In the first scenario, there is no duty to report child abuse because the nineteen year old is not a child, but rather, an adult. Generally, there is no duty in California to report child abuse when an adult patient tells the therapist of abuse that occurred when the patient was a child. There is an exception to this general rule, but that is a topic for another article. If a thirty year old patient reveals that she was sexually molested when she was thirteen, there is no duty to report. The patient, whether thirty or nineteen years of age, may choose to report the prior abuse if it is their desire. There may be an applicable statute of limitations that will prevent the perpetrator from being criminally prosecuted. The determination as to the existence of a statute of limitations affecting the prosecution, and the precise calculation thereof, is typically made by the District Attorney’s office or other-titled local prosecutor. Statutes of limitations are sometimes tolled (the clock does not tick) during certain periods of time or under certain circumstances.

In the second scenario, the therapist must report child abuse because a child (the seventeen year old) was abused (I of course assume that the child’s report to the therapist is credible and that reasonable suspicion exists). In California, and elsewhere, there is no statute of limitations applicable to the reporting of child abuse by a therapist. In other words, even if the abuse is old, and even if the criminal prosecution of the perpetrator were barred by an applicable statute of limitations (some states have lengthened their statutes of limitation by action of state legislatures), the child abuse reporting law likely requires a report to be made – provided that the information conveyed to the practitioner is about a child, and not an adult who was abused as a child. As to the statute of limitations that may apply to the criminal prosecution, and as stated above, that determination is typically made by the prosecuting authorities.

Are the laws in your state similar to what I have described here? You should not fail to make a child abuse report that is required by law. Similarly, you should not make a report when no report is required or authorized by law. To do so will likely constitute a violation of law for breach of confidentiality that can result in disciplinary action by the state licensing authority and monetary liability in a civil lawsuit by the patient.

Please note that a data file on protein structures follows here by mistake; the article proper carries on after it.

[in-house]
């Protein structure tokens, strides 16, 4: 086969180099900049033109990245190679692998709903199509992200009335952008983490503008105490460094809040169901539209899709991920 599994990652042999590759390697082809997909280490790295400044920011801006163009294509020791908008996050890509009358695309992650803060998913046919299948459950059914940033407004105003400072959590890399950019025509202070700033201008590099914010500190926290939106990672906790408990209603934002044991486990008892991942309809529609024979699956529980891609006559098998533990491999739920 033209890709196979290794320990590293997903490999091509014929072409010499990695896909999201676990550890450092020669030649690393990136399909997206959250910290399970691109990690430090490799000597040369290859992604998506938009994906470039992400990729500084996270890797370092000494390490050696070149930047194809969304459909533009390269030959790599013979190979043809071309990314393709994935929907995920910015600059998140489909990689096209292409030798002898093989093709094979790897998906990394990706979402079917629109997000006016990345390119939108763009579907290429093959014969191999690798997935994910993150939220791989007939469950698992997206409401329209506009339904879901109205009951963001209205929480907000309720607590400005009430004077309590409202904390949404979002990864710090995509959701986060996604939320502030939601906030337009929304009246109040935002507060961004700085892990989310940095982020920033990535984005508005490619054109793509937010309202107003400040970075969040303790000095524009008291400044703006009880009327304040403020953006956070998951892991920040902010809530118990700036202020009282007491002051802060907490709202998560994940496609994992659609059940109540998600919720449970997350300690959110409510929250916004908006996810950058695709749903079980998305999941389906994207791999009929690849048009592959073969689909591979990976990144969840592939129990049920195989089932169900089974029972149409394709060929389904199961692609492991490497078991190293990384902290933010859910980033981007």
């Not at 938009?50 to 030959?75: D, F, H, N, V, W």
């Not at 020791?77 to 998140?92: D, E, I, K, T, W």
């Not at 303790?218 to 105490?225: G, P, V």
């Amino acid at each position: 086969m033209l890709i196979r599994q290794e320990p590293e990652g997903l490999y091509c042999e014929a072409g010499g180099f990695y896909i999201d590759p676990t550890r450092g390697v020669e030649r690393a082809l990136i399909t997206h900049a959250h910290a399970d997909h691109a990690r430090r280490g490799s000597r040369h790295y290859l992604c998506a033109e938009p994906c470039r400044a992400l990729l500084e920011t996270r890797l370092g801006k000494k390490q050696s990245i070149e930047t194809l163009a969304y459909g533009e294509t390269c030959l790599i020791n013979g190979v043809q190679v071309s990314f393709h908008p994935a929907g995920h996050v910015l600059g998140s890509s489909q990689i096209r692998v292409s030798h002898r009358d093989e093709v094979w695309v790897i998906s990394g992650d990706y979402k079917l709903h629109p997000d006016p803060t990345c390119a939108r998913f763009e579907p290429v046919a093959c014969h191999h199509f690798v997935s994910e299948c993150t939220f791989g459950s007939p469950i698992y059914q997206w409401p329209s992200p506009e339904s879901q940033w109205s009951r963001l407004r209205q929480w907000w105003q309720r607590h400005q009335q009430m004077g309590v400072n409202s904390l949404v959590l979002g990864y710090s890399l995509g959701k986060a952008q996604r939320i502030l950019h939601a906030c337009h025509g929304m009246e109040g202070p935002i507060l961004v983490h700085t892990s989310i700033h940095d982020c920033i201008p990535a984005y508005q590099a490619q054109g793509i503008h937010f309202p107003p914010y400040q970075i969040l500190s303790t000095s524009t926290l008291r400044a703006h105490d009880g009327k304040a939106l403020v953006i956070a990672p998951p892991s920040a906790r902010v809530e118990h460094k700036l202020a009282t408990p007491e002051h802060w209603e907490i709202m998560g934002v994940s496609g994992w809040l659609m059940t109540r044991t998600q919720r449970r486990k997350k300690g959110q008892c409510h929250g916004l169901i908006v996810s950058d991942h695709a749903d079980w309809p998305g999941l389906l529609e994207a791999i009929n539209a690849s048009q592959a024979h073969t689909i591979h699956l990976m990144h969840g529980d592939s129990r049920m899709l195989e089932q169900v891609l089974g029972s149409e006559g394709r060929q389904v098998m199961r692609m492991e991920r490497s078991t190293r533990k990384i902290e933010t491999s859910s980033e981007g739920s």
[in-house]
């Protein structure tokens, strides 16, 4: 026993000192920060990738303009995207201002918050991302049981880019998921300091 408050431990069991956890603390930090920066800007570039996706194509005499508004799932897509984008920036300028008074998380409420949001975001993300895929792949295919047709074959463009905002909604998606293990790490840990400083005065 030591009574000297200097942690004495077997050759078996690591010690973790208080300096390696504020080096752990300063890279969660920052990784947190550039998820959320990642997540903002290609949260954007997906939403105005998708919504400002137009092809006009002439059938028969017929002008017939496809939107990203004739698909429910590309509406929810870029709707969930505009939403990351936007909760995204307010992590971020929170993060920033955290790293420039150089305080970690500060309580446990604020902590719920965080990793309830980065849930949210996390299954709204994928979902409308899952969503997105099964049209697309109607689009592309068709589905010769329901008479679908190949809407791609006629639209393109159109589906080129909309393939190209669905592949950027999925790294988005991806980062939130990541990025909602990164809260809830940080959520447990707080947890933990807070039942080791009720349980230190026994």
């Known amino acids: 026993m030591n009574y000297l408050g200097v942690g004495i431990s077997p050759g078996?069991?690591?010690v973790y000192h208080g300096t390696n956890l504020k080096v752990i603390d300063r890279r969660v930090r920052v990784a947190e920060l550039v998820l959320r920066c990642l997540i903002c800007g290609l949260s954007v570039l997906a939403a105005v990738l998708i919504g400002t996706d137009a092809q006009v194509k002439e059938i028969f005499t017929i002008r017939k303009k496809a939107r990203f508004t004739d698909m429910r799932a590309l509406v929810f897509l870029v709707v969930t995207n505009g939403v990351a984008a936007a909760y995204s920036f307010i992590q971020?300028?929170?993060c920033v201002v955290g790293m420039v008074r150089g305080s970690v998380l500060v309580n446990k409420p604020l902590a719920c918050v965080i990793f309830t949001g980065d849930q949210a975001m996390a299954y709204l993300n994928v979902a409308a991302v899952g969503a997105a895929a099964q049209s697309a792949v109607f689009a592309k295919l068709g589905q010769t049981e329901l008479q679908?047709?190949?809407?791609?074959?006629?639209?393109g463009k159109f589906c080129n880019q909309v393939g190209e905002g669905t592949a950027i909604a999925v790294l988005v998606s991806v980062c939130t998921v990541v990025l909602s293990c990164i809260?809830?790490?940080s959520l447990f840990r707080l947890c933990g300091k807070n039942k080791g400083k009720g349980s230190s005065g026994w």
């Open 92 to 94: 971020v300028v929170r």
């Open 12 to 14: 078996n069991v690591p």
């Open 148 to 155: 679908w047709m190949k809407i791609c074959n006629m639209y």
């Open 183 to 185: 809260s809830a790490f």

… One problem that has arisen for mandated reporters of child abuse is the occasional refusal or failure (due to unavailability) of the local child protective services agency (or the police or sheriff) to take a telephone report of child abuse from the mandated reporter. This problem would typically occur in a state that requires both a telephone report and a written report. California is such a state, and practitioners there have been met with the problem of refusals or unavailability when they call to report the suspected abuse.

There are a few situations that can arise where there can be some ambiguity as to whether a report should or must be made. Licensed mental health practitioners want to protect themselves in these situations so that they can demonstrate that they did what the law required – reported by telephone and in writing. When child protective services representatives say that a report is not warranted and when they refuse to take the telephone report, or they advise that a written report should not be made, the mandated reporter is often confused as to what should be done. For example, perhaps a therapist is under the impression that a report must be made even though the abuse took place in another state, while the representative on the phone is under the mistaken impression that the report must be made with the other state.

More common than the above scenario is the situation where the reporting practitioner is unable to complete the call because the line is busy, because the practitioner is kept on hold for an inordinate period of time, or because the phone is answered with a recorded message. In California, the child abuse reporting law provides that if a mandated reporter is unable to submit an initial report by telephone (after making reasonable efforts), he or she must immediately or as soon as practically possible, by fax or electronic transmission, make a one-time automated written report, and must also be available to respond to a telephone follow-up call from the agency where the report was filed. Under these circumstances, a written follow-up report would not be required.

Are you aware of a similar problem in your state? If practitioners are required to report, usually immediately or as soon as practically possible, it ought to be easy to do so!

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About the Author

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Richard Leslie

Richard S. Leslie is an attorney and acknowledged expert on the interrelationship between law and the practice of marriage and family therapy and psychotherapy. Most recently, he was a consultant to the American Association for Marriage and Family Therapy (AAMFT) and has written articles regarding legal and ethical issues for their Family Therapy Magazine. Prior to his work with AAMFT, Richard was Legal Counsel to the California Association of Marriage and Family Therapists (CAMFT) for approximately twenty-two years. While there, he also served as their director of Government Relations and tirelessly advocated for due process and fairness for licensees and applicants.